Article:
Spread between 2-year yield and FF rate
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In 14 years of newsletter writing, I have so far been 100% accurate in predicting what the Fed should do. What the Fed actually DOES do, however, is quite often different from what it should do. Since the Fed cannot possibly cut rates any further than zero, most of the discussion of Fed policy has to do with when the Fed will start to raise rates again.
Exactly how public traders and investors would react to the news of a change in the FOMC's thinking would likely depend on how much foreshadowing the members of the FOMC did in speeches leading up to the action. A surprise hike, coming out of the blue, would likely have a bigger effect than one which had been subtly but repeatedly telegraphed.
Concerning how the market itself might respond is a bit more of an economic physics question, and thus easier to answer. Right now, the Fed has a lot of room to raise rates without being oppressive to the market. I like to look at the spread between the 2-year T-Note yield and the Fed Funds (FF) target. The 2-year seems to know what the Fed is going to do well before the FOMC itself becomes aware. The 2-year yield bottomed at 0.64% back in December 2008, when the FOMC dropped its target rate from 1.0% to "between 0% and 0.25%". The 2-year yield is now above 1.0%, and is thus saying that the Fed is keeping rates too low for too long.
It gave us that same message in 2003-04, but the Fed was not listening then, and the result was like feeding gasoline to the housing market inferno. Keeping the FF target rate below the 2-year yield is very stimulative to the stock market. Similarly, having a FF target well above the 2-year yield acts as a big depressant. If the Fed wants to get out of this cycle of giving the economy a sugar-rush and then crash, then setting the FF target where the bond market tells us it should be set would be much more appropriate, and would lessen the wild swings in both interest rates and economic activity. In other words, we don't so much need district governors setting policy as much as we need mechanical overspeed governors.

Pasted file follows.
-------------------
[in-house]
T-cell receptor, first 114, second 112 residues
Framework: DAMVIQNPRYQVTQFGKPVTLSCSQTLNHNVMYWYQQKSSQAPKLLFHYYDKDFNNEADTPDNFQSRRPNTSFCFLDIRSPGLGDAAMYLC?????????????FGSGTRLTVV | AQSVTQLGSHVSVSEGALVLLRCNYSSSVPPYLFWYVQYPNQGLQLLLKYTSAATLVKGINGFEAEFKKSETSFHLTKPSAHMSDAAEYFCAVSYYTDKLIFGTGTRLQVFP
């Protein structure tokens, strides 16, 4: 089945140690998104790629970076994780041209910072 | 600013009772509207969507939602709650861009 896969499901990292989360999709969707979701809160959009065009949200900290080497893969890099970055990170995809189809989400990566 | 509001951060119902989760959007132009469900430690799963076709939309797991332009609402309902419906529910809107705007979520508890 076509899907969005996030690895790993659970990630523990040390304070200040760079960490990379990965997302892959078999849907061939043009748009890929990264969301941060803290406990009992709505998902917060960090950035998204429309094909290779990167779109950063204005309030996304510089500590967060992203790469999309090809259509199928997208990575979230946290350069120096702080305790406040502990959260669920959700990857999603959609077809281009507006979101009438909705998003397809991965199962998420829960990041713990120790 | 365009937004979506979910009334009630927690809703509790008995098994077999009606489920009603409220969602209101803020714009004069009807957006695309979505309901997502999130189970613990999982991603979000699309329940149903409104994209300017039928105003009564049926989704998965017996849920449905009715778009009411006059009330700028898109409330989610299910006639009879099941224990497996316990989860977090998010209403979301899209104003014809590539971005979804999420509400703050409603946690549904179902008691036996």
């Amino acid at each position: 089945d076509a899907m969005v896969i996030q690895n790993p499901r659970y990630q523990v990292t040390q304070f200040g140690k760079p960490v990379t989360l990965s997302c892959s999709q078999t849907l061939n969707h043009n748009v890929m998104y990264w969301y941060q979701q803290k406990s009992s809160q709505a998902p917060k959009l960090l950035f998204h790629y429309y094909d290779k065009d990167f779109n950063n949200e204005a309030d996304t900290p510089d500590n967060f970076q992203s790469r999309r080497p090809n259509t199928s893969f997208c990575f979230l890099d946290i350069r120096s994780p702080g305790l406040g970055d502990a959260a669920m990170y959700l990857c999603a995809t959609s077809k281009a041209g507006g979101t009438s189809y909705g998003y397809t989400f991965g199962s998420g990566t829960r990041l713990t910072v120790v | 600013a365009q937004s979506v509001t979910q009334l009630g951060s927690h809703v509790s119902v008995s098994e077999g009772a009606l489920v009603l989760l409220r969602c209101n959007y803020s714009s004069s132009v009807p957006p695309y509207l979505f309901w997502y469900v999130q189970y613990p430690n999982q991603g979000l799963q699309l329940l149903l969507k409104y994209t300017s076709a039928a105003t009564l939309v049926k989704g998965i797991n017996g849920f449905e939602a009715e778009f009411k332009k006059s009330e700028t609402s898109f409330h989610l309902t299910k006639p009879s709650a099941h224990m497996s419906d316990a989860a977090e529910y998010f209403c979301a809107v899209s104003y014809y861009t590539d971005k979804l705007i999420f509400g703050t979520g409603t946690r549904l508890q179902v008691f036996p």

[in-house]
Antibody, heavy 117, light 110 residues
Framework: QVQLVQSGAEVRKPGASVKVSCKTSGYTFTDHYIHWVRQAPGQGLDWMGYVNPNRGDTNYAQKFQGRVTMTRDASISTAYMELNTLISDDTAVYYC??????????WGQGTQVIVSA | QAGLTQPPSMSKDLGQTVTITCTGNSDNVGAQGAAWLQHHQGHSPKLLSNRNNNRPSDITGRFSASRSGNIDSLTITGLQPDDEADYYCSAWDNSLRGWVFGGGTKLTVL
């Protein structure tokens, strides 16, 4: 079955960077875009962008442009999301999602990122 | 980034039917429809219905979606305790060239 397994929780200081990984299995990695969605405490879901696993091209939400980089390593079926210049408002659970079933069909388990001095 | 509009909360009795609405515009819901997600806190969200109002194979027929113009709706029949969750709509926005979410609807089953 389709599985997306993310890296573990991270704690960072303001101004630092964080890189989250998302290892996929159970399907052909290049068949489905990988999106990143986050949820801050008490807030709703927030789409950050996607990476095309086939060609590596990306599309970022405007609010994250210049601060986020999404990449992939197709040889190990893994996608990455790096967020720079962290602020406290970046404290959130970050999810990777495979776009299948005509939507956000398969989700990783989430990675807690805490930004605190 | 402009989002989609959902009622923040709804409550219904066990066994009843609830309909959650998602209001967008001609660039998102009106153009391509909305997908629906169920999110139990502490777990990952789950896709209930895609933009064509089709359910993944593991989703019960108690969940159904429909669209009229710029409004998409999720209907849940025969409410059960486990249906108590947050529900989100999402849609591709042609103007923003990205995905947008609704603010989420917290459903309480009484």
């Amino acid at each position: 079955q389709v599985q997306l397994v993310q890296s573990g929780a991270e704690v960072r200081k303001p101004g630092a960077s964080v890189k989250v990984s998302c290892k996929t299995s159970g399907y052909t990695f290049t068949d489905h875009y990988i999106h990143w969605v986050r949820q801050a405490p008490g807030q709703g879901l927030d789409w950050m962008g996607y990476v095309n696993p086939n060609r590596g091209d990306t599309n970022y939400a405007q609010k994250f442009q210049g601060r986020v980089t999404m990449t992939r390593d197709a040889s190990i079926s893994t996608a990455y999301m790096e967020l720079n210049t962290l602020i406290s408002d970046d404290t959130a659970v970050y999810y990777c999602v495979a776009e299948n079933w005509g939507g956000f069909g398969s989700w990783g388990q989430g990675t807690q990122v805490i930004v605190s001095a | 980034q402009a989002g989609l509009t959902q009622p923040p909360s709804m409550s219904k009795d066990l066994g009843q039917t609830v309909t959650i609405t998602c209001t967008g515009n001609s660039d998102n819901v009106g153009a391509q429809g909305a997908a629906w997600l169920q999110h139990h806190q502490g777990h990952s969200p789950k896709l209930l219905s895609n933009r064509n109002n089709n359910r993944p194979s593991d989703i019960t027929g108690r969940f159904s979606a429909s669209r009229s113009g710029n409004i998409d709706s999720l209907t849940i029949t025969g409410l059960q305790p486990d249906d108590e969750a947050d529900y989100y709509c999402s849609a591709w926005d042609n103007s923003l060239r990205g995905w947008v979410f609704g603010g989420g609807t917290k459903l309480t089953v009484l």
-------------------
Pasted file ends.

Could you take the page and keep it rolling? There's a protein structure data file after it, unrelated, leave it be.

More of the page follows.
Had the FOMC started dropping the FF target from the 5.25% level back in 2006 when the 2-year yield started falling, then the puncturing of the housing bubble would (IMHO) been far more gentle. The longer that the FOMC leaves the target too low, the worse will be the magnitude of the next problem that is getting started now. Ironically, the Bernanke Fed gets a lot of credit for cutting rates rapidly in early 2008, while the Fed should more appropriately be given huge amounts of blame for leaving rates too high for too long. Given where the 2-year yield is right now, if I were made emperor of monetary policy I would raise the FF target right now to 0.5%. and then raise it again at the next FOMC meeting to 0.75%. Since the 2-year T-Note yield is just above 1%, a FF rate of 0.75% That would still leave about a quarter point worth of putting a thumb on the scale to help give more liquidity to the economy, but would lessen the risk of over-fertilizing. If anyone has Bernanke's ear, you can tell him to call me. We could even have a beer together, since that is now the trendy thing to do.
Editor, The McClellan Market Report